Learning to play an instrument can teach your child about overcoming failures—and celebrating success. (For Spectrum Health Beat)

Parents love to celebrate their children’s successes. Give a proud mom or dad a reason to praise their kid and they’ll leap at the opportunity.

But how can parents also help children embrace life’s inevitable failures and mistakes? What about when they face tough times, or when things don’t go as planned?

The answer, psychologists say, lies in teaching children about self-compassion.

“Self-compassion means being compassionate about your own positives and negatives, but not getting so down on yourself about the negatives,” said Adelle Cadieux, PsyD, a pediatric psychologist at Spectrum Health Helen DeVos Children’s Hospital.

It’s all about perspective.

“It also means learning to be compassionate with others in the same way, looking for the positives in others and not focusing on the negatives,” Dr. Cadieux said. “We need to try to understand that we are all human and we make good choices and bad choices and everything in between.”

Dr. Cadieux’s tips to help parents teach self-compassion:

1. Show yourself self-compassion and model it for your child.

The first way that children learn how to show themselves self-compassion is by watching their parents.

If we as parents accept and identify our feelings—both negative and positive—it helps children do the same. They see us continue to love ourselves, and them, through mistakes and negative experiences, Dr. Cadieux said.

“As children, and as parents, we must learn to forgive ourselves for our mistakes,” she said. “We can love ourselves in the moment despite our flaws, rather than cutting ourselves down every time we make a mistake.”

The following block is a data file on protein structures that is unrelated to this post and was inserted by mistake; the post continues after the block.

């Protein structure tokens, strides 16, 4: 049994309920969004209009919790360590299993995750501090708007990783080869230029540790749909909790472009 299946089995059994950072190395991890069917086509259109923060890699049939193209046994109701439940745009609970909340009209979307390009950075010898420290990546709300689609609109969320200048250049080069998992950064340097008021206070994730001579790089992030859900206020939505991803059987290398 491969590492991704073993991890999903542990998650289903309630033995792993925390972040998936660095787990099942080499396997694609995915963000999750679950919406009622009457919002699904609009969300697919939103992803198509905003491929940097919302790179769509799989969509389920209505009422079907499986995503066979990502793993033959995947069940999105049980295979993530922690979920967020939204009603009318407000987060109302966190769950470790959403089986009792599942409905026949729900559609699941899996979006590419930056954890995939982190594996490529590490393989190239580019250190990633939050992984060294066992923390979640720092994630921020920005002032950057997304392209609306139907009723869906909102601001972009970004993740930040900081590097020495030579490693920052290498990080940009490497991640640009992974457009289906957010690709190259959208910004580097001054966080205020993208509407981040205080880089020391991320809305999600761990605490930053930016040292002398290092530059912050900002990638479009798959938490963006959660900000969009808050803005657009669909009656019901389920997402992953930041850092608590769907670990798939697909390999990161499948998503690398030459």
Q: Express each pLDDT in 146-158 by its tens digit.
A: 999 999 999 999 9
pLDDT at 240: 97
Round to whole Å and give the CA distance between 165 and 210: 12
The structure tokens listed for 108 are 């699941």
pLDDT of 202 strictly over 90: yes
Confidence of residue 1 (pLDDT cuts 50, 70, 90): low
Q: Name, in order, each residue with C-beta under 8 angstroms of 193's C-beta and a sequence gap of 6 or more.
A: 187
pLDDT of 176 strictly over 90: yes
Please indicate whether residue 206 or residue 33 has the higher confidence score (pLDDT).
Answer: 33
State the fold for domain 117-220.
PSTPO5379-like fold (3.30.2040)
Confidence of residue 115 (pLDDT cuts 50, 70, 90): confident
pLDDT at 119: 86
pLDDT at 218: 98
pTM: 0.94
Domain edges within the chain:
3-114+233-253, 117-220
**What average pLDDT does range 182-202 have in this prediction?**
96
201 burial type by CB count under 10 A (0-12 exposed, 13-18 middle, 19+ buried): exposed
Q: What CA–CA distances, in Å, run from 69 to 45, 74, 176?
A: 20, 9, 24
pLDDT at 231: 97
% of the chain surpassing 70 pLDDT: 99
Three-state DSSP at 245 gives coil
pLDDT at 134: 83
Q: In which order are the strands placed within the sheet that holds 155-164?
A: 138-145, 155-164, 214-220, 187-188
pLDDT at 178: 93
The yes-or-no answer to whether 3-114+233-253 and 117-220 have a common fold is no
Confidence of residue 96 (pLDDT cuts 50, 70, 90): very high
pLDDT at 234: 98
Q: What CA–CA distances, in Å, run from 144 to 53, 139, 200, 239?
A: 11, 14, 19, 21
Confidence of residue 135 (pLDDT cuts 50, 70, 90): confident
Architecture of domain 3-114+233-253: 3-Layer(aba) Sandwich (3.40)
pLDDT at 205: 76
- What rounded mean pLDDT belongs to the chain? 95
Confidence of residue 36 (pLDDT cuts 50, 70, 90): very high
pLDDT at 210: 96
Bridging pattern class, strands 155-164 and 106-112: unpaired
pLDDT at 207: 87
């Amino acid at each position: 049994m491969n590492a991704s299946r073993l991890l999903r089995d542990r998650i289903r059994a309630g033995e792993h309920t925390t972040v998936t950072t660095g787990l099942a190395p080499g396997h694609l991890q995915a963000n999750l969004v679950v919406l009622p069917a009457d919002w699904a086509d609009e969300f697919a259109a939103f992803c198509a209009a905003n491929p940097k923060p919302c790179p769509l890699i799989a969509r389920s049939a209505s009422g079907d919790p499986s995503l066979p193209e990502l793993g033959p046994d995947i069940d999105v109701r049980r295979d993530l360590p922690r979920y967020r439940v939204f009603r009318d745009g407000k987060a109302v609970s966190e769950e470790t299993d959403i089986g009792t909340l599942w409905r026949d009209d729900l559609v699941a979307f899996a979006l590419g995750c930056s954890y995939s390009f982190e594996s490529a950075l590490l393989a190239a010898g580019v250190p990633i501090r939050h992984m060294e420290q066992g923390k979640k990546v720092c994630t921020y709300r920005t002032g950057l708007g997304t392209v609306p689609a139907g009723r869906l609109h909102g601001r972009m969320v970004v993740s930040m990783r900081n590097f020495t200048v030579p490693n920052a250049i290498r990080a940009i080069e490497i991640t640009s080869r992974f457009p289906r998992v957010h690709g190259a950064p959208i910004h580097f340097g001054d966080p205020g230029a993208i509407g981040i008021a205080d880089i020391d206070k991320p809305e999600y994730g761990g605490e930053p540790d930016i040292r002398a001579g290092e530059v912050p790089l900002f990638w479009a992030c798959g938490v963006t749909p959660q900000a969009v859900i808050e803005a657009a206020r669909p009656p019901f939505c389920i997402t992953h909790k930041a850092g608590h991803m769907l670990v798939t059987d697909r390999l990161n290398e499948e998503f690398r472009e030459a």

Start young. Preschool-age children are still learning to understand that other people have thoughts and feelings. Talking through things in words they can understand will help lay the groundwork as they get older.

“It’s important for parents to begin modeling self-compassion so they can feel OK about their successes and failures,” Dr. Cadieux said.

Failure, in fact, is a bit of a loaded word. But it’s really nothing more than a component in the learning process.

“We have attached so many negative things to that word failure,” she said. “We want them to learn, and we learn through our mistakes.”

2. Only apply the label “bad” to a child’s choices or behavior, not the child.

Dr. Cadieux encourages parents to point out to children when they have made a bad choice, and they should apply consequences appropriately.

“We can teach them that the choices we make do have consequences, but those choices are not reflective of who we are as a person,” she said.

When a child does make a bad choice or a big mistake, try to stay calm in the moment.

“That allows the interaction to be, ‘You did this, so this is what happens,’” she said. “When we put too much emotion into it, it becomes about the emotion and not the behavior.”

3. Forgive yourself and your children. Apologize.